Here is view looking south towards the platforms with the up and down main line running either side of the carriage siding in the centre of the picture and on the left a row of three turnouts giving on to the marshalling yard area directly opposite the platforms.




and here's a view in the opposite direction with the platform (when its built) immediately on the left of the turnout and my "dodgy trackwork detector wagon" about half way down the board.  This is a lovely example of how Templot enables beautiful curved trackwork to be built in a way that I would never achieve left to my own devices.  
Great program Martin, thank you.

Kind regards,

Andrew


Last edited on 5 Sep 2017 21:38 by Andrew Duncan
5 Sep 2017 21:30

from:

Andrew Duncan
Reigate, United Kingdom



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Hello everyone A bit more progress here on the base board above. I'm now working on the last three turnouts on this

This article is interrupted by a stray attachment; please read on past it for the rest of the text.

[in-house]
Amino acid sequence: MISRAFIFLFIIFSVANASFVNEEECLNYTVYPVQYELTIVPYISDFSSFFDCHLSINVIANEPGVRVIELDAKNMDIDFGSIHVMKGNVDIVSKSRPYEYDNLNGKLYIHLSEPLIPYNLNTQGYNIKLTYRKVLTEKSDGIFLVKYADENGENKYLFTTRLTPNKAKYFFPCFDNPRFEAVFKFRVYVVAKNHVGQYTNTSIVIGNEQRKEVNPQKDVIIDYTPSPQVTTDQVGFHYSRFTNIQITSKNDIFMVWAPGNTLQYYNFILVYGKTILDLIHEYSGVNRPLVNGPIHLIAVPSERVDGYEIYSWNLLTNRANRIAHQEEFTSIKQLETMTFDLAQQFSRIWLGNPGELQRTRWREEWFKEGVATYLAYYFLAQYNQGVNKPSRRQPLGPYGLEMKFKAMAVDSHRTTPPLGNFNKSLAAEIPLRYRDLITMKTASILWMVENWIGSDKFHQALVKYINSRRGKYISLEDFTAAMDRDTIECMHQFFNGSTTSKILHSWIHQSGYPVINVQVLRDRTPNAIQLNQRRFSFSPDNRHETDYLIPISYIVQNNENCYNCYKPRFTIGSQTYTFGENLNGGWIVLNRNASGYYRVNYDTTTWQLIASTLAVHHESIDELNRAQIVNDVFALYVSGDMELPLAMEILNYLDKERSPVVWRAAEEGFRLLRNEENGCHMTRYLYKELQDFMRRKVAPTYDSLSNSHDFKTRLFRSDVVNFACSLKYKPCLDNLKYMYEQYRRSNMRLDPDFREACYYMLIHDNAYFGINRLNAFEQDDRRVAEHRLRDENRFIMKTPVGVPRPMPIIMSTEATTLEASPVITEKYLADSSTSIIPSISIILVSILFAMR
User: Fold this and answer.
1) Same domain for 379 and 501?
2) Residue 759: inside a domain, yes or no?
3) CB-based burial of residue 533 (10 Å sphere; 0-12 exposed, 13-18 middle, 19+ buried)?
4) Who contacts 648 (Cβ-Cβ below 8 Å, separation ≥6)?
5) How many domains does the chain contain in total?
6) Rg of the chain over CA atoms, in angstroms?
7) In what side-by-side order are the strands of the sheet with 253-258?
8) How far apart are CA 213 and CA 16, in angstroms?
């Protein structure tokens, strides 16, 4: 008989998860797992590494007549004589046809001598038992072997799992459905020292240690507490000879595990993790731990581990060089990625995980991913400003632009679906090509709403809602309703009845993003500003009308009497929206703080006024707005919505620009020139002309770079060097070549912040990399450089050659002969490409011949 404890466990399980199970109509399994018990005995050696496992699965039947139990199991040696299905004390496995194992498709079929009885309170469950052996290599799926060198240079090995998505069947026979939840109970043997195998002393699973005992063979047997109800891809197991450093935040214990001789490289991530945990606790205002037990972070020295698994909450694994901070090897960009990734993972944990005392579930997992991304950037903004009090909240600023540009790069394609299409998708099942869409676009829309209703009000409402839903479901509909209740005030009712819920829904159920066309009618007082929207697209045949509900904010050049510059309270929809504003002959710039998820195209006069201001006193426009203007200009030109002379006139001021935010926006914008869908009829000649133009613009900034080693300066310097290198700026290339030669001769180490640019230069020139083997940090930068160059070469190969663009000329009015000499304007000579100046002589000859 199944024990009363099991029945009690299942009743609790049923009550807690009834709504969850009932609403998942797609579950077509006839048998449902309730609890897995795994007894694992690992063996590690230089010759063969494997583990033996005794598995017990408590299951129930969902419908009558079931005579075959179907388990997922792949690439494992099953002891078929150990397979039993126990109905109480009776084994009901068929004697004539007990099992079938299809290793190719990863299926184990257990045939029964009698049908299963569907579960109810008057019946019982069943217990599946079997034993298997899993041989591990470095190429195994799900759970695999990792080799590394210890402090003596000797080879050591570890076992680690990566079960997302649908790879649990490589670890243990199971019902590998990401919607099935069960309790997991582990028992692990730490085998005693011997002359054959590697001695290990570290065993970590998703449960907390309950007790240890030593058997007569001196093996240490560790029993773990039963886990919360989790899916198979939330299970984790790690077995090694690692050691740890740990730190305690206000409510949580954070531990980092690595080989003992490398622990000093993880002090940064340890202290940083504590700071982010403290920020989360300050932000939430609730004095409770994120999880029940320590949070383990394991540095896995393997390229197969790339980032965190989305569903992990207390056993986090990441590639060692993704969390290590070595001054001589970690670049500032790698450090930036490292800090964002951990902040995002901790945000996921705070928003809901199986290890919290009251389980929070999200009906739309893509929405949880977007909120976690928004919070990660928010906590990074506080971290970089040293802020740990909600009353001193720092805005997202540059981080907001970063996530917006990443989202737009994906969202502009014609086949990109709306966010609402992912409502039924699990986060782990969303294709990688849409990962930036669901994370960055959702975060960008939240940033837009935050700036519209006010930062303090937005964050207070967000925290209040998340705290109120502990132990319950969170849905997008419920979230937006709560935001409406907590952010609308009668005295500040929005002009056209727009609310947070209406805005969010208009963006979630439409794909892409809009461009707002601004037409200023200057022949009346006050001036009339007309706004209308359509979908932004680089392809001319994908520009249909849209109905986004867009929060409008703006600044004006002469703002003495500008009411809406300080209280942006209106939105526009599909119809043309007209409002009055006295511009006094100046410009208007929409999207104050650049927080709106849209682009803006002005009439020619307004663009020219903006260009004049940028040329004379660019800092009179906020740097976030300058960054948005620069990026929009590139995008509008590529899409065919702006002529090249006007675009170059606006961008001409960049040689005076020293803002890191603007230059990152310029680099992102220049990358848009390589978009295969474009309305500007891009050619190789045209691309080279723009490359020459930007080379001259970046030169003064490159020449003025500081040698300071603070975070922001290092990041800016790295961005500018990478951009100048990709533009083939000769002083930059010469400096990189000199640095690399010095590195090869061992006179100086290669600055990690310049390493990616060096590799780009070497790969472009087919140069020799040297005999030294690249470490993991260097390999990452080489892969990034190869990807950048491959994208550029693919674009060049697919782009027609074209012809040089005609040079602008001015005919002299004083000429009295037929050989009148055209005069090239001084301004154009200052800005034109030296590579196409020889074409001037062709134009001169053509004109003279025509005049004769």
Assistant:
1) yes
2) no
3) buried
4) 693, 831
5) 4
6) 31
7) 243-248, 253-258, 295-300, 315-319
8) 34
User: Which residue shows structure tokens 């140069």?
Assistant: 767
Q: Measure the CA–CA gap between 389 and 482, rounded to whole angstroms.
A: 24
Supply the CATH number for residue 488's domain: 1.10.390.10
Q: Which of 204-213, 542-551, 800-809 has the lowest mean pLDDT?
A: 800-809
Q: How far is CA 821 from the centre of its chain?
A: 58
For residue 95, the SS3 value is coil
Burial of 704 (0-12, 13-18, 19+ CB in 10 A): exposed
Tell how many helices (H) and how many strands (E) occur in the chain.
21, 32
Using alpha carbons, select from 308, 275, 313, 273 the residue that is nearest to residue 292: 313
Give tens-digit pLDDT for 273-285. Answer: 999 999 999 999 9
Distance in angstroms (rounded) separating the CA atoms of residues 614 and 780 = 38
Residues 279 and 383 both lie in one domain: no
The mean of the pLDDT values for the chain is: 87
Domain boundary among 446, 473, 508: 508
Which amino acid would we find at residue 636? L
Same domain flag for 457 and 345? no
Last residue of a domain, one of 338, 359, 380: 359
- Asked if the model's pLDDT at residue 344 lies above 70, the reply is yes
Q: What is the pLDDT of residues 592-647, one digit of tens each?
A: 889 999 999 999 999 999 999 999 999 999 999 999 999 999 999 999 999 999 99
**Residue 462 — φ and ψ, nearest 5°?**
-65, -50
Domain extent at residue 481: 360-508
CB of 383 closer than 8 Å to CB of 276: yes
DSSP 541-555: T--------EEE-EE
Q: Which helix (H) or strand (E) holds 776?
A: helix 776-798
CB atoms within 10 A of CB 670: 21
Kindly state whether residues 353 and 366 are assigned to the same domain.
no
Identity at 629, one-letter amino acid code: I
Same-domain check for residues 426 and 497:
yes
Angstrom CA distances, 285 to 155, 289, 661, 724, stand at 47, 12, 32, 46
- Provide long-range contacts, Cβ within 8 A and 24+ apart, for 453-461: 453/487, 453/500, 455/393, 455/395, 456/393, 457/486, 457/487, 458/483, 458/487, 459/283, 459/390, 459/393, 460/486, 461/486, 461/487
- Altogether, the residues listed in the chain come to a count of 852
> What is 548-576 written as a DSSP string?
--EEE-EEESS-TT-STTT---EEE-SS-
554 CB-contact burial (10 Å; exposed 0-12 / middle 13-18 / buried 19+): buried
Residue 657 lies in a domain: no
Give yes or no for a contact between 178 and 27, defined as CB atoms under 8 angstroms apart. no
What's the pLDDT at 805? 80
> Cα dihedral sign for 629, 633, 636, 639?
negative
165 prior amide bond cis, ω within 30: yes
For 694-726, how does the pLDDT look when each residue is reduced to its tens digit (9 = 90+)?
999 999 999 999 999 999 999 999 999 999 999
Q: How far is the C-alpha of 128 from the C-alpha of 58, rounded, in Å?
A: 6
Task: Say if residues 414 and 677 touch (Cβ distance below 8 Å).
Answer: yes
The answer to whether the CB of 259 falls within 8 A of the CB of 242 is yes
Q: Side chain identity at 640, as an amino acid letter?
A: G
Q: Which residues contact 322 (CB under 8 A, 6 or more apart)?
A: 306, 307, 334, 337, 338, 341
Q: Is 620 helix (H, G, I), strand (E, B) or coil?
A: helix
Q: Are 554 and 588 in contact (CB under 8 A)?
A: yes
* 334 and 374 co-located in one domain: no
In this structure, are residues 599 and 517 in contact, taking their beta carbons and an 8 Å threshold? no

baseboard.of the layout. 

 When I was at Missenden Abbey earlier last month both Tony Gee and Mark Tatlow suggested a very similar "hidden tie bar arrangement" which as these three turnouts are near the front of the layout I thought I may try out.I'll let you know how i get on.

Andrew
Last edited on 5 Sep 2017 21:31 by Andrew Duncan
13 Sep 2017 10:48

from:

Richard_Jones
Heswall, United Kingdom



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Hello Andrew,

Once again, very impressed by your progress :thumb:(and depressed by the lack of any on my project! :()

I had a quick look back through your thread and don't think I have missed it, but could you provide any more details of your "sub-baseboard" (my terminology) that allows you to work on "manageable" piece of trackwork, and how that integrates/assembles into the overall layout (or point to where I missed it! :cool:)
many thanks
Richard :D
Last edited on 13 Sep 2017 11:24 by Richard_Jones
13 Sep 2017 18:59

from:

Andrew Duncan
Reigate, United Kingdom



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Richard 
I'm sorry to hear that you're not making the progress that you'd have liked but when you last updated Singleton you'd been drawn down the 7mm path which I'm sure is a fascinating alternative to 4mm, it would be great to see any progress there?